Using this wand we can see if there is power coming into the alarm. (If you don’t have one of these and are following along at home, you can set your voltmeter to AC or ṽ and place your black lead into the COM jack and red lead into the VOmA jack and when we open the alarm panel later put your test leads on the incoming supply chock block above the transformer, using the left brown and blue wire screws)

Place the wand near the incoming mains wire, if the wand sounds and flashes, congratulations. We have determined that the alarm panel is receiving power to its transformer.

VoltAlert want flashing and sounding with highligted testpoints for positive and negative terminals for voltmeter testing.

If there is no power, consider using a voltmeter as explained above to verify. If there is still definitely no power then a fuse may have blown in the isolation switch or the ring main RCD may have tripped, so consider diagnosing if they are the issue.

Testing the Alarm Battery

If you think that the Accenta / Optima alarm has stopped working due to a battery failure, we can test the battery by connecting test leads to the battery terminals on either side of the battery block or on the battery directly, you will need to turn off power to the alarm so that we don’t get the feed in voltage from the board. Do not put your voltmeter test leads in the red highlighted section. Make sure to set your voltmeter back to measuring DC voltage if you set it for AC earlier. Place your test leads on both screws on the green highlighted area.

Alarm Panel Power Block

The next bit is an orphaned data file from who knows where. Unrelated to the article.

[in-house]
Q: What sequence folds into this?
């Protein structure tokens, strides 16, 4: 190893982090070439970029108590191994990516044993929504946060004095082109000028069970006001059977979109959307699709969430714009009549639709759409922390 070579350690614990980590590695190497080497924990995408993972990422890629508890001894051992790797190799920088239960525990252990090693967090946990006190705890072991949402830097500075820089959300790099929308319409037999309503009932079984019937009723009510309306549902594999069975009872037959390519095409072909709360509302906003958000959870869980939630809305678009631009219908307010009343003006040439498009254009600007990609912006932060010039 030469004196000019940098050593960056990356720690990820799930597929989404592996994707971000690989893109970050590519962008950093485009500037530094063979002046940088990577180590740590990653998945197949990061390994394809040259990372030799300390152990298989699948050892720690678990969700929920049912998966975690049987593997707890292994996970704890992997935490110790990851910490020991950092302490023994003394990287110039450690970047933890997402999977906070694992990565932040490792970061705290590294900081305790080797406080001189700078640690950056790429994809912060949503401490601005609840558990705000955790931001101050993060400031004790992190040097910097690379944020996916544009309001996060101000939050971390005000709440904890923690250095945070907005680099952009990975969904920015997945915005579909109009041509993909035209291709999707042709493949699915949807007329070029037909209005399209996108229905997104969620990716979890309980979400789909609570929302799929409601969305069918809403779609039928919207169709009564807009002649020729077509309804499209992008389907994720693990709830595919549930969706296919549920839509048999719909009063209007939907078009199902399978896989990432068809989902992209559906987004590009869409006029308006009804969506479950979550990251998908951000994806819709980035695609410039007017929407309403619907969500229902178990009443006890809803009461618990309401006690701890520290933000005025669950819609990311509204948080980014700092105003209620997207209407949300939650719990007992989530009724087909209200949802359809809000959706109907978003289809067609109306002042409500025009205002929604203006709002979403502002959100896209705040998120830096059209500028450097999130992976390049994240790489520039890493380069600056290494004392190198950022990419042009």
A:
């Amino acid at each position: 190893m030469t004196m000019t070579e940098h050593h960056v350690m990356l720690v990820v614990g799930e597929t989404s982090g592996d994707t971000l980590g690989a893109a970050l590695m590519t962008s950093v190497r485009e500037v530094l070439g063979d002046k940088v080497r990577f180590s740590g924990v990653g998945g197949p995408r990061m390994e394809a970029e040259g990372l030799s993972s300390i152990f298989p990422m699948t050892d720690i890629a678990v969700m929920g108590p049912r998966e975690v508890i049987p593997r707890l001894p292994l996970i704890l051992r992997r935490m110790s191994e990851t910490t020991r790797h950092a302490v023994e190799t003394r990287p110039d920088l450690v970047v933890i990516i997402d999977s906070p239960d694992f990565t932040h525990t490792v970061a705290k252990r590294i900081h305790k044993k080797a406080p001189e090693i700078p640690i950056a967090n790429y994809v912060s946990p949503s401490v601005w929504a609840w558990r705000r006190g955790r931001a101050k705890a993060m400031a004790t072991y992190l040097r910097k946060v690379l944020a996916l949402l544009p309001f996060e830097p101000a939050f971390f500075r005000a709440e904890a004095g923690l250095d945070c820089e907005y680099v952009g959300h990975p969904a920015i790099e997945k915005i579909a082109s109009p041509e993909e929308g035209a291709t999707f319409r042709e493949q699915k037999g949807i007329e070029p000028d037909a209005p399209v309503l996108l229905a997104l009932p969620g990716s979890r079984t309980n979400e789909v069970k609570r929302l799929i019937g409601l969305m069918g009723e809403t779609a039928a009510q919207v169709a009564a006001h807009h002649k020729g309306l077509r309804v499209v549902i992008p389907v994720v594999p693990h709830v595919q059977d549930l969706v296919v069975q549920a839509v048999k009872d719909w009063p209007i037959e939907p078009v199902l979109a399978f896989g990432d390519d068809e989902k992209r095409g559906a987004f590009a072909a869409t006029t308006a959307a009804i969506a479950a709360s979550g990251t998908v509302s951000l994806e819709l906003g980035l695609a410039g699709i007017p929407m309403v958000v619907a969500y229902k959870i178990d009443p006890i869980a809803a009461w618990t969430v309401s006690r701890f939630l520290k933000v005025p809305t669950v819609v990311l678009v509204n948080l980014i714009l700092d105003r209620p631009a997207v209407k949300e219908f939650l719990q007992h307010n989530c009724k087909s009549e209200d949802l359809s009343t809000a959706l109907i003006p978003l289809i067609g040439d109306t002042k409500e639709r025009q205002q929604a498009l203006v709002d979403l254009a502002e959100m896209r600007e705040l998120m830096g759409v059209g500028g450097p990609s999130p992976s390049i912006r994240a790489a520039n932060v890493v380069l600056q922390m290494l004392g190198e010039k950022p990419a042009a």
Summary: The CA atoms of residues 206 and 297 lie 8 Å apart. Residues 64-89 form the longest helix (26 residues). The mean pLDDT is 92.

If you don’t get a reading or a low reading (3V or less) then your alarm battery may have ran out because of power failure. If your battery reads ~12V then it is a good indicator that your alarm panel is faulty and will need to be replaced entirely, but I would suggest you check the fuses before doing so to verify.

Testing Fuses in the Accenta / Optima Alarm Box

If you have verified that the incoming power is working and your alarm battery is depleted then a fuse is a most likely cause of the alarm failing.

To test the fuses, you need to set your voltmeter to continuity mode and then test each side of the fuses contacts. Make sure the power is switched off before and during testing any fuses. If any are blown, replace like for like.

highlighted alarm panel shows red boxes highlighting fuse locations
Accenta / Optima alarm panel fuse locations

The fuses are as follows, from left to right; –

  • RKP or Remote Keypad
  • Internal Speaker
  • Bell / Strobe
  • Battery
  • Transformer

Resetting the Accenta / Optima Alarm Panel

To reset the alarm panel, remove power to the panel and short the SET output to the left PA input terminal. Then turn on the alarm and allow it to power up completely. After a few seconds, you can then switch off the alarm once again and remove the shorting wires. Make sure to replace any wires previously installed and then power up the unit again, the default 0123 code will now have been restored. Beware in doing this, you reset any zones, such as fire zones will have been reset.